4 Best Free and Open Source Graphical MPD Clients

MPD is a powerful server-side application for playing music. In a home environment, you can connect an MPD server to a Hi-Fi system, and control the server using a notebook or smartphone. You can, of course, play audio files on remote clients. MPD can be started system-wide or on a per-user basis. MPD runs in the background playing music from its playlist. Client programs communicate with MPD to manipulate playback, the playlist, and the database. The client–server model provides advantages over all-inclusive music players. Clients can communicate with the server remotely over an intranet or over the Internet. The server can be a headless computer located anywhere on a network. There’s graphical clients, console clients and web-based clients. To provide an insight into the quality of software that is available, we have compiled a list of 4 best graphical MPD clients. Hopefully, there will be something of interest here for anyone who wants to listen to their music collection via MPD. Here’s our recommendations. They are all free and open source goodness. Read more

LWN on Kernel: 5.12 Merge, Lockless Algorithms, and opy_file_range()

  • 5.12 Merge window, part 1 [LWN.net]

    The beginning of the 5.12 merge window was delayed as the result of severe weather in the US Pacific Northwest. Once Linus Torvalds got going, though, he wasted little time; as of this writing, just over 8,600 non-merge changesets have been pulled into the mainline repository for the 5.12 release — over a period of about two days. As one might imagine, that work contains a long list of significant changes.

  • An introduction to lockless algorithms [LWN.net]

    Low-level knowledge of the memory model is universally recognized as advanced material that can scare even the most seasoned kernel hackers; our editor wrote (in the July article) that "it takes a special kind of mind to really understand the memory model". It's been said that the Linux kernel memory model (and in particular Documentation/memory-barriers.txt) can be used to frighten small children, and the same is probably true of just the words "acquire" and "release". At the same time, mechanisms like RCU and seqlocks are in such widespread use in the kernel that almost every developer will sooner or later encounter fundamentally lockless programming interfaces. For this reason, it is a good idea to equip yourself with at least a basic understanding of lockless primitives. Throughout this series I will describe what acquire and release semantics are really about, and present five relatively simple patterns that alone can cover most uses of the primitives.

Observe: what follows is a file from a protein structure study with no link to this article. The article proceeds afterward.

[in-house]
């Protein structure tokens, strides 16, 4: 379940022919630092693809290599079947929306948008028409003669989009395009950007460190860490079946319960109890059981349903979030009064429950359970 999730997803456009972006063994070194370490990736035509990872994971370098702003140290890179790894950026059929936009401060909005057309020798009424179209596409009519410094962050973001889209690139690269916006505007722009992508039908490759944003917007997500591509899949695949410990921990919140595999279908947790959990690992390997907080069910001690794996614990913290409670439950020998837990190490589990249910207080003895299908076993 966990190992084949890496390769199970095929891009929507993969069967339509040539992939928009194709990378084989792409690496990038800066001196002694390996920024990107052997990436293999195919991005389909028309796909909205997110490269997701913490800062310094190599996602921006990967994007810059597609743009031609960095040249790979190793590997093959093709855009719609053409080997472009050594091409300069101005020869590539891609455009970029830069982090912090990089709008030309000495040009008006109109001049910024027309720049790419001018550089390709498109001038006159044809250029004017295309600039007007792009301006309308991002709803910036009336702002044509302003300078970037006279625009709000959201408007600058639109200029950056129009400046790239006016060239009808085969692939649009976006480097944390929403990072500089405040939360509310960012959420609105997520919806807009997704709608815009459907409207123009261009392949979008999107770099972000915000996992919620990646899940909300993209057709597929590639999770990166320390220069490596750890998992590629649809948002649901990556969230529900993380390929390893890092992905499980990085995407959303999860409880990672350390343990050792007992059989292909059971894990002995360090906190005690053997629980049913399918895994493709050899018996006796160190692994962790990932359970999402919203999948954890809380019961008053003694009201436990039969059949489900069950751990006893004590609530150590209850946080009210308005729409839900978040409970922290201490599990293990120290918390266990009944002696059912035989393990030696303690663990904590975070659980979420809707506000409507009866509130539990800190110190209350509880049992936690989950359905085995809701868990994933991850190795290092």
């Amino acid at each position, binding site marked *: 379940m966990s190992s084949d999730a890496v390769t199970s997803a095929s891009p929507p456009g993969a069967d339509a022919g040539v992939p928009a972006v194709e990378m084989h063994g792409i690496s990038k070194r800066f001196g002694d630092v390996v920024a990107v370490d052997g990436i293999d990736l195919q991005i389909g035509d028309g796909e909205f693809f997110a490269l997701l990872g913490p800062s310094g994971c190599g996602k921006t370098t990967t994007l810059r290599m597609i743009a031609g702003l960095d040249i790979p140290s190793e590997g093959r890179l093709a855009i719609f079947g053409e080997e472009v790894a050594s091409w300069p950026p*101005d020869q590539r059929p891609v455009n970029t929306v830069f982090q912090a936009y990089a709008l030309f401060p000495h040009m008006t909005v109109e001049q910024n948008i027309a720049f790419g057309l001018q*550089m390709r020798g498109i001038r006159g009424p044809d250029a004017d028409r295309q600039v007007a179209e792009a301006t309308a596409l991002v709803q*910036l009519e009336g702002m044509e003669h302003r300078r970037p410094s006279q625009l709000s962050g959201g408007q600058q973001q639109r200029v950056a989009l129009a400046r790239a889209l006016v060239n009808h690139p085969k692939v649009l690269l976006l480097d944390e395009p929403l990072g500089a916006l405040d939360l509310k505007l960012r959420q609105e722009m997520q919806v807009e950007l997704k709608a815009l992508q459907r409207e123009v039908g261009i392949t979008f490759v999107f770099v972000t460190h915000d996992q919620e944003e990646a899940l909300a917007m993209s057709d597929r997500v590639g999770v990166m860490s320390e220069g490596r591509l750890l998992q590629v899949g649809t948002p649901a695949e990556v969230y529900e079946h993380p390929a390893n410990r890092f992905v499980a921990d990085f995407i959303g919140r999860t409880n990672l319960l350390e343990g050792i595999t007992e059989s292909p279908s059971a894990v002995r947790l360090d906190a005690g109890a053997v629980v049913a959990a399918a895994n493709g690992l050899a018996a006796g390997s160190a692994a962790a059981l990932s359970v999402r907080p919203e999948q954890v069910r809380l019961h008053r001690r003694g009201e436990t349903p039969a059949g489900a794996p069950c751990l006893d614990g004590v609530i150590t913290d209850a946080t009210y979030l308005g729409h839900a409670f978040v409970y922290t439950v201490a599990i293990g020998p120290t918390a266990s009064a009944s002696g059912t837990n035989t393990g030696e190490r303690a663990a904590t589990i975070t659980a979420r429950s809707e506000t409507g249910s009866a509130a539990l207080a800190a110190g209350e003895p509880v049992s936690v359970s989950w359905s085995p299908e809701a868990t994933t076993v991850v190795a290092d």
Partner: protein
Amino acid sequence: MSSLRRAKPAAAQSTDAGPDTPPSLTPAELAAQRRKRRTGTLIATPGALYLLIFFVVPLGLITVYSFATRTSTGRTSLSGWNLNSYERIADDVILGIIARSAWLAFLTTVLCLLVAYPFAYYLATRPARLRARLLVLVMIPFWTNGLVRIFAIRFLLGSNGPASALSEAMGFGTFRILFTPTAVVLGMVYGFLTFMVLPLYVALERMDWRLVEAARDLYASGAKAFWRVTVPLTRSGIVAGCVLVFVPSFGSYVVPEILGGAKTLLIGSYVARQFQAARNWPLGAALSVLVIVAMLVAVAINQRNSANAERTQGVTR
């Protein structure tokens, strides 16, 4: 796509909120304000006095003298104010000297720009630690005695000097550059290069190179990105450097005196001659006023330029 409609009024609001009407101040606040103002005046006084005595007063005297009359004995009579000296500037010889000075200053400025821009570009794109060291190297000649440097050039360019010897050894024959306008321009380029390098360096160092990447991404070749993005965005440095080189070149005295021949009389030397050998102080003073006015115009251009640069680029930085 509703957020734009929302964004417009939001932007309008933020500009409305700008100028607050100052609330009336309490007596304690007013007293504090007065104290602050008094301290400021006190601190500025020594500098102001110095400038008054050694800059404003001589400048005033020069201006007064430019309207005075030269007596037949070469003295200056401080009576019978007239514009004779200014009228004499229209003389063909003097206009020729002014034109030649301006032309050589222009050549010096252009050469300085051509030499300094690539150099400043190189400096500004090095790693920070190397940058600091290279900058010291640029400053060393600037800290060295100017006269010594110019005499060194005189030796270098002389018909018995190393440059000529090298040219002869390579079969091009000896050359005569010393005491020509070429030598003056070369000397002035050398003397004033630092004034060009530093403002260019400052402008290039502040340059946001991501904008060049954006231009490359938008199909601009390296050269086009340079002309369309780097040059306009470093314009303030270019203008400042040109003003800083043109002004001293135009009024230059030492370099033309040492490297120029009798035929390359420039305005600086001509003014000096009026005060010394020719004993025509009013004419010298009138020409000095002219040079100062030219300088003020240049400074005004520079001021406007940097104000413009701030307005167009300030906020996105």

• How useful should copy_file_range() be? [LWN.net]

    Its job is to copy len bytes of data from the file represented by fd_in to fd_out, observing the requested offsets at both ends. The flags argument must be zero. This call first appeared in the 4.5 release. Over time it turned out to have a number of unpleasant bugs, leading to a long series of fixes and some significant grumbling along the way. In 2019 Amir Goldstein fixed more issues and, in the process, removed a significant limitation: until then, copy_file_range() refused to copy between files that were not located on the same filesystem. After this patch was merged (for 5.3), it could copy between any two files, falling back on splice() for the cross-filesystem case. It appeared that copy_file_range() was finally settling into a solid and useful system call. Indeed, it seemed useful enough that the Go developers decided to use it for the io.Copy() function in their standard library. Then they ran into a problem: copy_file_range() will, when given a kernel-generated file as input, copy zero bytes of data and claim success. These files, which include files in /proc, tracefs, and a large range of other virtual filesystems, generally indicate a length of zero when queried with a system call like stat(). copy_file_range(), seeing that zero length, concludes that there is no data to copy and the job is already done; it then returns success. But there is actually data to be read from this kind of file, it just doesn't show in the advertised length of the file; the real length often cannot be known before the file is actually read. Before 5.3, the prohibition on cross-filesystem copies would have caused most such attempts to return an error code; afterward, they fail but appear to work. The kernel is happy, but some users can be surprisingly stubborn about actually wanting to copy the data they asked to be copied; they were rather less happy.